Using the R-L-C meter in the lab, measure the coil resistance and

coil inductance (the meter uses a frequency that is well above the

speakers mechanical resonance).

Now well use the function-generator at your workstation to drive

the speaker. Since the speaker has a small impedance, we must

be careful to keep the amplitude of the function generator low so

that it doesnt have to source a lot of current. Adjust your function

generator to produce a sinusoidal wave with an AC amplitude of

Vg= 200 mV and zero DC offset.

Electrically connect your speaker to the function generator as

shown in Figure 1-6, using a small resistor R in series with the

speaker (something around 50 , or two 100 resistors in

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parallel, seems to work well). This creates a voltage divider, so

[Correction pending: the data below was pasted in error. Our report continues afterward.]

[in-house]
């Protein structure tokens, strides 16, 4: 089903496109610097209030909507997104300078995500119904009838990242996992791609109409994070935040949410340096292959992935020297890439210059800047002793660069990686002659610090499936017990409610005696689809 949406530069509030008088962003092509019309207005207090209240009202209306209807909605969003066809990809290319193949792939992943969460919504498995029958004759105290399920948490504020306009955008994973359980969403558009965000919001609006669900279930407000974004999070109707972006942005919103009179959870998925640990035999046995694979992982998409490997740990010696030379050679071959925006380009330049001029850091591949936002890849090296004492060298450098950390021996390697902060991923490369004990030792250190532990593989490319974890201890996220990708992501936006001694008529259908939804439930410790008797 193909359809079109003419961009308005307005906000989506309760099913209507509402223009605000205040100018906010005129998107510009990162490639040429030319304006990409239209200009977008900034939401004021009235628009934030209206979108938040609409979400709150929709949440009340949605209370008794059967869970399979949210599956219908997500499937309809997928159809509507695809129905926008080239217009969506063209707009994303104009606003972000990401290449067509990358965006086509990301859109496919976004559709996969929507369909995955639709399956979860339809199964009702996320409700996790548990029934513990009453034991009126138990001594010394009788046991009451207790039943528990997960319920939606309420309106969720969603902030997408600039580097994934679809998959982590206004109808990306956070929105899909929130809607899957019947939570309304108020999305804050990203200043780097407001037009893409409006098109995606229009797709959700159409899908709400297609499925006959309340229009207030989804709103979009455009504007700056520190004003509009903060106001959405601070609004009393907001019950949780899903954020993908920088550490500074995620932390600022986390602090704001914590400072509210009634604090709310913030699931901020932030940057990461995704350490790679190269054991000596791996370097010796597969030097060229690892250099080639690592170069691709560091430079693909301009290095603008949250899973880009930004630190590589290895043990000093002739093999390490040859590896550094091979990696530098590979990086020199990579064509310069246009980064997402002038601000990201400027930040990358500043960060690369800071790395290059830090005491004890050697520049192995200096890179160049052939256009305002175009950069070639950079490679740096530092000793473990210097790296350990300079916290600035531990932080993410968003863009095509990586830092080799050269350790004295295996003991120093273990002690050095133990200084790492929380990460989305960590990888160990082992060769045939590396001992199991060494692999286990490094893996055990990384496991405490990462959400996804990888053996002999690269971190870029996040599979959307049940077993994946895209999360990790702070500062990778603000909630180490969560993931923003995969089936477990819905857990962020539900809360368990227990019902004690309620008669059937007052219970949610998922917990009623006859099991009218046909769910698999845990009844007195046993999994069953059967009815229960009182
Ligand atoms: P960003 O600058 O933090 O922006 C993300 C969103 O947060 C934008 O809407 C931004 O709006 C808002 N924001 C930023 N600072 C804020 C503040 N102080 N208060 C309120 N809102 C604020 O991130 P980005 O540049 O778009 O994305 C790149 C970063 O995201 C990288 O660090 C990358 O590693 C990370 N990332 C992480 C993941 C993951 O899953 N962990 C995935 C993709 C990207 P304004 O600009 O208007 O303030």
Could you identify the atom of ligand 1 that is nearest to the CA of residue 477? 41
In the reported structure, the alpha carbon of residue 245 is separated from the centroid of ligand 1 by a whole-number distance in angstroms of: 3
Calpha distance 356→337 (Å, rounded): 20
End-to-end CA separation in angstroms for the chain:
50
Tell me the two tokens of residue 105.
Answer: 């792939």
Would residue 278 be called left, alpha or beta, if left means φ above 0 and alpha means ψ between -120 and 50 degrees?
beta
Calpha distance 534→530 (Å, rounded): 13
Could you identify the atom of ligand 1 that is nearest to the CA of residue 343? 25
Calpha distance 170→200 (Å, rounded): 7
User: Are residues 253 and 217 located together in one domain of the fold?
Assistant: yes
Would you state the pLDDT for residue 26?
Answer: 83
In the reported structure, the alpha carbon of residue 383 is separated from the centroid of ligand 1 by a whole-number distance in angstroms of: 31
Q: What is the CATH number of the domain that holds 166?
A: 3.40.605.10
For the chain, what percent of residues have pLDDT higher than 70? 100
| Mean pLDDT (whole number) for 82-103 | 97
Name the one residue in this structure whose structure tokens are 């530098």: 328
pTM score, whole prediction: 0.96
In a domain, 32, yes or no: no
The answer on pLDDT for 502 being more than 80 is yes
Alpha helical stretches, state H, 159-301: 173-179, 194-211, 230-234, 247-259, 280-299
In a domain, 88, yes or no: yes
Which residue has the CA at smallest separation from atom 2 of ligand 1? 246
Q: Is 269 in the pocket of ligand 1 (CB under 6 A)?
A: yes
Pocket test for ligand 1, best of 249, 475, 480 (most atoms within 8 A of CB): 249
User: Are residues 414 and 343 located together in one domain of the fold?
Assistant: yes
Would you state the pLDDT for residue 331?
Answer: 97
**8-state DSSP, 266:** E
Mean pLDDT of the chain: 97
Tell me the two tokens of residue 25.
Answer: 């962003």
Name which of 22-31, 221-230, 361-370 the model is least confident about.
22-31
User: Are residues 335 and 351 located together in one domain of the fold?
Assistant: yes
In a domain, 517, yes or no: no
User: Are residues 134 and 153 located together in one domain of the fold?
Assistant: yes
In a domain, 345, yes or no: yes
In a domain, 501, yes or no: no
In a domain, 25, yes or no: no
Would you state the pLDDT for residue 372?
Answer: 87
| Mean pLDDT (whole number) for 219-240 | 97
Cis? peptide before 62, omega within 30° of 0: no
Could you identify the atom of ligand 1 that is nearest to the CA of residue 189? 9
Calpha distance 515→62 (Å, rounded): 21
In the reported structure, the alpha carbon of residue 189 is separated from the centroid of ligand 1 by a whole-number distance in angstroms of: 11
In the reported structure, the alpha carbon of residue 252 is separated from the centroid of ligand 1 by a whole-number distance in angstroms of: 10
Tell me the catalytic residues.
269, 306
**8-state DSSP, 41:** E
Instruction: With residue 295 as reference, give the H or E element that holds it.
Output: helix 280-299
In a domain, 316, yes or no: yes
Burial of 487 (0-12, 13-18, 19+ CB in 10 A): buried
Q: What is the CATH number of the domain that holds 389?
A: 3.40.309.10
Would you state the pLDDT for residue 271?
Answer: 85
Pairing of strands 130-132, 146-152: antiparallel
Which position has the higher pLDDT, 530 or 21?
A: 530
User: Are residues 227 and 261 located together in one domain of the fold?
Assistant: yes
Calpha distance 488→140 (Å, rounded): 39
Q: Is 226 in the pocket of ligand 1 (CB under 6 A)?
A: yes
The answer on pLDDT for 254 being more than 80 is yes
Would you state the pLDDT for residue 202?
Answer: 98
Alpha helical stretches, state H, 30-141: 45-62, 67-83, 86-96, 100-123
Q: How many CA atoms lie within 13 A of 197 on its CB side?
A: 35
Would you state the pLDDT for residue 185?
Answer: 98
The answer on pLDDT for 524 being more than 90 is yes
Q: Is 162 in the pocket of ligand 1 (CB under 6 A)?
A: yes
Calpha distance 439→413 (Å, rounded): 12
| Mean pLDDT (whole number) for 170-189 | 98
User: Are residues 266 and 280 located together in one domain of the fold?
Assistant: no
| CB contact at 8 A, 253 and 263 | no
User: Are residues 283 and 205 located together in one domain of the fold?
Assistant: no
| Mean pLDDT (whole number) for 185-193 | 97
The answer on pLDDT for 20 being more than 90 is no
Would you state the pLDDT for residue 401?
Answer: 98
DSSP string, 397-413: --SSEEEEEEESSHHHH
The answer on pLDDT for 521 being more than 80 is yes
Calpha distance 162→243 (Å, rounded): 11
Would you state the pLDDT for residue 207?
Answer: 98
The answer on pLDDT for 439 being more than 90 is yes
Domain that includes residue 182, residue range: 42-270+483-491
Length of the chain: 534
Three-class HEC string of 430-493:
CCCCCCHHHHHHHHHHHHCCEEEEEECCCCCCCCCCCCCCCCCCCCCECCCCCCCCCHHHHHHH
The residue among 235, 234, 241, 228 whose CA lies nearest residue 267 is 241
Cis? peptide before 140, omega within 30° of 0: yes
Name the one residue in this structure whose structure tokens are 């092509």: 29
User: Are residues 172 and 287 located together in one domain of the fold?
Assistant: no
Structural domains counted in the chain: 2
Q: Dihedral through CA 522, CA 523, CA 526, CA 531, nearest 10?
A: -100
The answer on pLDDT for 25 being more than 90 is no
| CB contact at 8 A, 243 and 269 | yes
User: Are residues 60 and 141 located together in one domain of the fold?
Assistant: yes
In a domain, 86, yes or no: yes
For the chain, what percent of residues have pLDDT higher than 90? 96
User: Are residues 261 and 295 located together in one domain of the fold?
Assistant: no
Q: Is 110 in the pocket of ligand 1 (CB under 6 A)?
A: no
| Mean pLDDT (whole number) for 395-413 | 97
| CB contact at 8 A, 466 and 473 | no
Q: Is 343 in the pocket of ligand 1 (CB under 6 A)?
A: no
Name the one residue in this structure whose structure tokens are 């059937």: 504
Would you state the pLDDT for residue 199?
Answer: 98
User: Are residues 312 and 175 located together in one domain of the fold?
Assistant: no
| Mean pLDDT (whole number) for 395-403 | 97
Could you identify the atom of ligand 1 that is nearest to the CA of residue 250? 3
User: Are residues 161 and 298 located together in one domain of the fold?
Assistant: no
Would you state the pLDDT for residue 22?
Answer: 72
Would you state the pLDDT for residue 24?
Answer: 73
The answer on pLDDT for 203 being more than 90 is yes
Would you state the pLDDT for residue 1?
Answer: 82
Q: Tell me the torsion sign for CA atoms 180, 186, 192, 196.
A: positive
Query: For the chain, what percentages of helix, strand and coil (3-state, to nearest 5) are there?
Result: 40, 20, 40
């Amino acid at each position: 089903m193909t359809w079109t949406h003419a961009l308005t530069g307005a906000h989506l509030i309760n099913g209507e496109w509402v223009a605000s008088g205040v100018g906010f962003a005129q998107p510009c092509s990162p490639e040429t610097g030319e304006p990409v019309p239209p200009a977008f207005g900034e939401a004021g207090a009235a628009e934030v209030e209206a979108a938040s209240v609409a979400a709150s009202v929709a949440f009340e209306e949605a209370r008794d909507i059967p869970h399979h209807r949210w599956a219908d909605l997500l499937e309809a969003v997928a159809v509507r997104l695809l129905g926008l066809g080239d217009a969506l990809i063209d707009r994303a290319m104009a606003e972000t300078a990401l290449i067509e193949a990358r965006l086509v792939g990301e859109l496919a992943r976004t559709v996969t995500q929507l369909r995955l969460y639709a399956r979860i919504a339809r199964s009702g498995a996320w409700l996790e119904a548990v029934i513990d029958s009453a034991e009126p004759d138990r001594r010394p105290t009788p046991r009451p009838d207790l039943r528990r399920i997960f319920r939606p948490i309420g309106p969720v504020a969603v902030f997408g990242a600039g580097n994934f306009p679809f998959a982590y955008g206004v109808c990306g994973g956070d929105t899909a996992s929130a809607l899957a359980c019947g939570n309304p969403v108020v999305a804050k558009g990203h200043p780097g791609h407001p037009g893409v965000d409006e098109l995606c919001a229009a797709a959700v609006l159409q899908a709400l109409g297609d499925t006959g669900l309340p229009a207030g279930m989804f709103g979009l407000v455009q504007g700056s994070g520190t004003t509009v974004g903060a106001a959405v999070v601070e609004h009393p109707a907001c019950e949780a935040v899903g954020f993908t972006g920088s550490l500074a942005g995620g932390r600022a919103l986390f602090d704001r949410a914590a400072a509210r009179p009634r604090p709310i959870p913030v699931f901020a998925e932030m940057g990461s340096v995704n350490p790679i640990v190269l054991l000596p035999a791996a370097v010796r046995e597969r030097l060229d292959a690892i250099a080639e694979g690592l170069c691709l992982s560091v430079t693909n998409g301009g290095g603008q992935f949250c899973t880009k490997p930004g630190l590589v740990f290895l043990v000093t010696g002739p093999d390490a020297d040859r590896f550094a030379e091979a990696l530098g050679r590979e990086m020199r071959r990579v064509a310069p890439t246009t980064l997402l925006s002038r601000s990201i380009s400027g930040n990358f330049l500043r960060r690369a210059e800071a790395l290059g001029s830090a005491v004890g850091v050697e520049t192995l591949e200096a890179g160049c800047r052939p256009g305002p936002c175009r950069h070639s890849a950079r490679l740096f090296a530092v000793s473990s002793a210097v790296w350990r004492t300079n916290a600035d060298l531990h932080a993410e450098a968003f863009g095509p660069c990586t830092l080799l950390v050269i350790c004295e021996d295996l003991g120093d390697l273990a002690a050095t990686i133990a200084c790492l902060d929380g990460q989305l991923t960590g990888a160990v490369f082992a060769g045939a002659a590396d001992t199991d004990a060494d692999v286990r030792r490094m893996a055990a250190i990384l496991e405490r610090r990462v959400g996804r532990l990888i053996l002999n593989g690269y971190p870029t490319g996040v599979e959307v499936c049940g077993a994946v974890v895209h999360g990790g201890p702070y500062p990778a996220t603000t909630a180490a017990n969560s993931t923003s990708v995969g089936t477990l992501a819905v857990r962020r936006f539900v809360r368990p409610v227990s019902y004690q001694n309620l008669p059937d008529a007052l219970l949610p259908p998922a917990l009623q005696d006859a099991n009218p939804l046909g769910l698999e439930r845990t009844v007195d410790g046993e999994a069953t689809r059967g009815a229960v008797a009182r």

that the voltage across the speaker is proportional to the

magnitude of its impedance. Thus by measuring g V and L V we

can map out the variation of impedance with frequency using the

formula in Figure 1-6.

Find the resonant frequency (somewhere in the range of 100-

200 Hz), and record the impedance at resonance and the

bandwidth. Then compute the equivalent circuit parameters as

discussed in the background information.

1.3 Assemble Amplifier on Breadboard

The schematic for an LM386-based amplifier is shown in Figure 1-7.

We will first construct this amplifier using your plastic solder less

breadboard and bench power supply. Once you debug the circuit and